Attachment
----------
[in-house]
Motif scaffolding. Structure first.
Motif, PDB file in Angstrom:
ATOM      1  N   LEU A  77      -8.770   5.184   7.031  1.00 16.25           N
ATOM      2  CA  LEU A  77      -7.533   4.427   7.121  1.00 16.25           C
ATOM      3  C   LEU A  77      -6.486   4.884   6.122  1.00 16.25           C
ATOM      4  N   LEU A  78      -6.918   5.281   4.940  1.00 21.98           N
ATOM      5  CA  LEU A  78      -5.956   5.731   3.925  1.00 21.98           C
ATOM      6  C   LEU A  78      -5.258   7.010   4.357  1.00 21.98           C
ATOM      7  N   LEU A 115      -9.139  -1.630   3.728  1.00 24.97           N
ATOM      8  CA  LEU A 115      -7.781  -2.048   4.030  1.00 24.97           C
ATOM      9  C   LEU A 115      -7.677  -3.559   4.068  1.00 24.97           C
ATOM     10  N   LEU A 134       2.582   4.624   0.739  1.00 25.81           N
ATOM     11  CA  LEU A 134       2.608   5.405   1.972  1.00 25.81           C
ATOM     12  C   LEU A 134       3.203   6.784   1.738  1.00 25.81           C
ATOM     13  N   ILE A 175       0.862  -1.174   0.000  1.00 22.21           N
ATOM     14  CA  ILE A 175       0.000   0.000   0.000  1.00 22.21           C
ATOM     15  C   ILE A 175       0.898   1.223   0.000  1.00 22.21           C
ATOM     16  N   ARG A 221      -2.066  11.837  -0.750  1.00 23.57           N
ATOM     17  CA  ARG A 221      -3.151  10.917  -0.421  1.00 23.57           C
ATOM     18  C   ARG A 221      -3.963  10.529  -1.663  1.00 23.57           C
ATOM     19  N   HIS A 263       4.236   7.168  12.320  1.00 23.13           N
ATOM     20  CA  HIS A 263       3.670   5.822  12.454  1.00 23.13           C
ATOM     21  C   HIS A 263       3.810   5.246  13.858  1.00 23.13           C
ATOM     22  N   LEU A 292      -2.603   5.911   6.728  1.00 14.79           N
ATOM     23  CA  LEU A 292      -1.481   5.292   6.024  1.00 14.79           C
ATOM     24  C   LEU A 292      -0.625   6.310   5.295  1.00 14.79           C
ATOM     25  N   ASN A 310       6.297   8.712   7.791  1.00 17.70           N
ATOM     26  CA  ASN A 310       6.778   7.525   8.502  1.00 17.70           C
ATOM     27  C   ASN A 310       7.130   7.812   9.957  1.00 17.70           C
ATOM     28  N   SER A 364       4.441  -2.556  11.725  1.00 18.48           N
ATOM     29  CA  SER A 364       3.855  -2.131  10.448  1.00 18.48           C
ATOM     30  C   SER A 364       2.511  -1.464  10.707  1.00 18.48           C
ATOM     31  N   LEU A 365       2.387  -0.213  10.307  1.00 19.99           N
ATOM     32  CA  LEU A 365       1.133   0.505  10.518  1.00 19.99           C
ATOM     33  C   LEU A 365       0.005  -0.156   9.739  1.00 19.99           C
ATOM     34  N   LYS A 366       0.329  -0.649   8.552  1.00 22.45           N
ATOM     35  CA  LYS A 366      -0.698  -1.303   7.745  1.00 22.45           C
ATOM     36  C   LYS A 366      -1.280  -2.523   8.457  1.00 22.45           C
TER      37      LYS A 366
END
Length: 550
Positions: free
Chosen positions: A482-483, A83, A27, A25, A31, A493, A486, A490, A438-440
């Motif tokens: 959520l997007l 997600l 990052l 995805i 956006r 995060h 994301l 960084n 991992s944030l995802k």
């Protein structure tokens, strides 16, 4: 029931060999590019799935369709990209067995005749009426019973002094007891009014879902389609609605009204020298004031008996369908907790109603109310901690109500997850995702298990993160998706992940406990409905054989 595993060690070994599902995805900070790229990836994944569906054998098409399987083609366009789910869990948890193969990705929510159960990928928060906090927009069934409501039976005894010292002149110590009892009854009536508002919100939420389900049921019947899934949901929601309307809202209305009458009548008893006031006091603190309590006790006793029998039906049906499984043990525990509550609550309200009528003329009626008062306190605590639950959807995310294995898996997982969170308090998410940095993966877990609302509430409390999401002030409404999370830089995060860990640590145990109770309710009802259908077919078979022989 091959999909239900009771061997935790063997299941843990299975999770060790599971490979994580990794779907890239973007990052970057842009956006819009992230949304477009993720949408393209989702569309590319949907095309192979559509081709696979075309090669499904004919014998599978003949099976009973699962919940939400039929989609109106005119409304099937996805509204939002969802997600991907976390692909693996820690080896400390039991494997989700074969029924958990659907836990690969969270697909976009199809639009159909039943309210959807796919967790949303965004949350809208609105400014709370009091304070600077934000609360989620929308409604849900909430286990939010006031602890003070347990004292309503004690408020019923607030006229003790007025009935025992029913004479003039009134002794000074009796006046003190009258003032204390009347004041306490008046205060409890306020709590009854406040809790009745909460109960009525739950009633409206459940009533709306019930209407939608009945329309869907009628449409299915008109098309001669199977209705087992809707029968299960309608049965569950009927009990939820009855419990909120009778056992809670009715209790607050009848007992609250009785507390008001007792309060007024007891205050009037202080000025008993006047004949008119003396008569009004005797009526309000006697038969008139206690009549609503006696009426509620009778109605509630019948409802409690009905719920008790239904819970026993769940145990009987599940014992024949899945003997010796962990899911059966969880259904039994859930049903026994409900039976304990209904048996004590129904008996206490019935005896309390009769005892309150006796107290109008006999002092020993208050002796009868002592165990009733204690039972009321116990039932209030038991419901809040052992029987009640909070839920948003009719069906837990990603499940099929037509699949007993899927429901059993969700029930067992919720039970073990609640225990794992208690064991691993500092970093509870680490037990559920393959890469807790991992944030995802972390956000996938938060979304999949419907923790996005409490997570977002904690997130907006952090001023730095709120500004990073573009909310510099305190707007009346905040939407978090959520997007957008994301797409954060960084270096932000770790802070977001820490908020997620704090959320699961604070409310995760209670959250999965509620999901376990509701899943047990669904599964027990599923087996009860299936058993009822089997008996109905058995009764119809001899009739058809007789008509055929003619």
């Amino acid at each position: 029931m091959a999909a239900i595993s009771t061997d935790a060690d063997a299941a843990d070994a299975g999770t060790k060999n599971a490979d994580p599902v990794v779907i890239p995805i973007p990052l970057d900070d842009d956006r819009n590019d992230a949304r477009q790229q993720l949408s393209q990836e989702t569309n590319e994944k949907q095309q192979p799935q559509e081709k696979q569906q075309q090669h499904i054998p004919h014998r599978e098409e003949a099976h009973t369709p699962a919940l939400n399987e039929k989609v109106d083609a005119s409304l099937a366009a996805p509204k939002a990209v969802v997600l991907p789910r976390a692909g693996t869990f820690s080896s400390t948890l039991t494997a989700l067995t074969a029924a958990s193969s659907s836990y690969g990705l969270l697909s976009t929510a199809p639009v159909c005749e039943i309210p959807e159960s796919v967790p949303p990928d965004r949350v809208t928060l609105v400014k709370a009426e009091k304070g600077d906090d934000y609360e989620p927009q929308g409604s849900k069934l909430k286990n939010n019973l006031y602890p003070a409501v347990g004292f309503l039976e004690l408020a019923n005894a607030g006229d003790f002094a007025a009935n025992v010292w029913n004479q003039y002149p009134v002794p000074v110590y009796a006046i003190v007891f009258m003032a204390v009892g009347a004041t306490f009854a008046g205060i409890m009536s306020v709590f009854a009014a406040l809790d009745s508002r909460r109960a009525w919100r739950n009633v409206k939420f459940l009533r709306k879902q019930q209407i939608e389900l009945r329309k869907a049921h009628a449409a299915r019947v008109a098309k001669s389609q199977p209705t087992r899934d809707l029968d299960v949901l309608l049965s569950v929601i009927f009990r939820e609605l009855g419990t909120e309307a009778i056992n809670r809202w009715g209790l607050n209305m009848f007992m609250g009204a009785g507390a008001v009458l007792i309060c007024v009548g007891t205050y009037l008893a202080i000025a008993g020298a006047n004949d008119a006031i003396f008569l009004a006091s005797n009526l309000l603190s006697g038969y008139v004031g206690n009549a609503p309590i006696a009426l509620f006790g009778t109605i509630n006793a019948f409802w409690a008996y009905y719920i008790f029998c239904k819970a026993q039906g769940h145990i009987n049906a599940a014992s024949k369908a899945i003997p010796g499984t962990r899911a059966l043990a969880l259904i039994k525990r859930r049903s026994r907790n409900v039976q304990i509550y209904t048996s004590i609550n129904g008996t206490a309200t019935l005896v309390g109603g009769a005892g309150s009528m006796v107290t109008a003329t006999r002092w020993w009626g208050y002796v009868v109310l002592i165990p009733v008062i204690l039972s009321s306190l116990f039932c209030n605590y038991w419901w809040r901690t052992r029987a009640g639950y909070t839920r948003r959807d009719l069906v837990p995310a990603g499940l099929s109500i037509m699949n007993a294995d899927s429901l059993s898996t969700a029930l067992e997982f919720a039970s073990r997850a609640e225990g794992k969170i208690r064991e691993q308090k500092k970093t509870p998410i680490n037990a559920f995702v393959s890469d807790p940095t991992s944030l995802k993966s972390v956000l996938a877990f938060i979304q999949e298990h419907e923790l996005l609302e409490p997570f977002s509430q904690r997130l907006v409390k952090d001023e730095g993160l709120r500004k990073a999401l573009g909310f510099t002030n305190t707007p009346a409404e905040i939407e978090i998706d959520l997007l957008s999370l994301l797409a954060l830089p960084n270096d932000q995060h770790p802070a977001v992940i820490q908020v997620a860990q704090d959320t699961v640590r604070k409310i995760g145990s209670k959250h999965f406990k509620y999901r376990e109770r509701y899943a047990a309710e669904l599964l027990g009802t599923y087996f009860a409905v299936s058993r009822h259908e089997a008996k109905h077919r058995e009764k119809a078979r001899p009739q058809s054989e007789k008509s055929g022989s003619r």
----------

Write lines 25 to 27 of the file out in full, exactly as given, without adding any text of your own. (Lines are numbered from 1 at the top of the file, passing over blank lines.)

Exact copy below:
ATOM     22  N   LEU A 292      -2.603   5.911   6.728  1.00 14.79           N
ATOM     23  CA  LEU A 292      -1.481   5.292   6.024  1.00 14.79           C
ATOM     24  C   LEU A 292      -0.625   6.310   5.295  1.00 14.79           C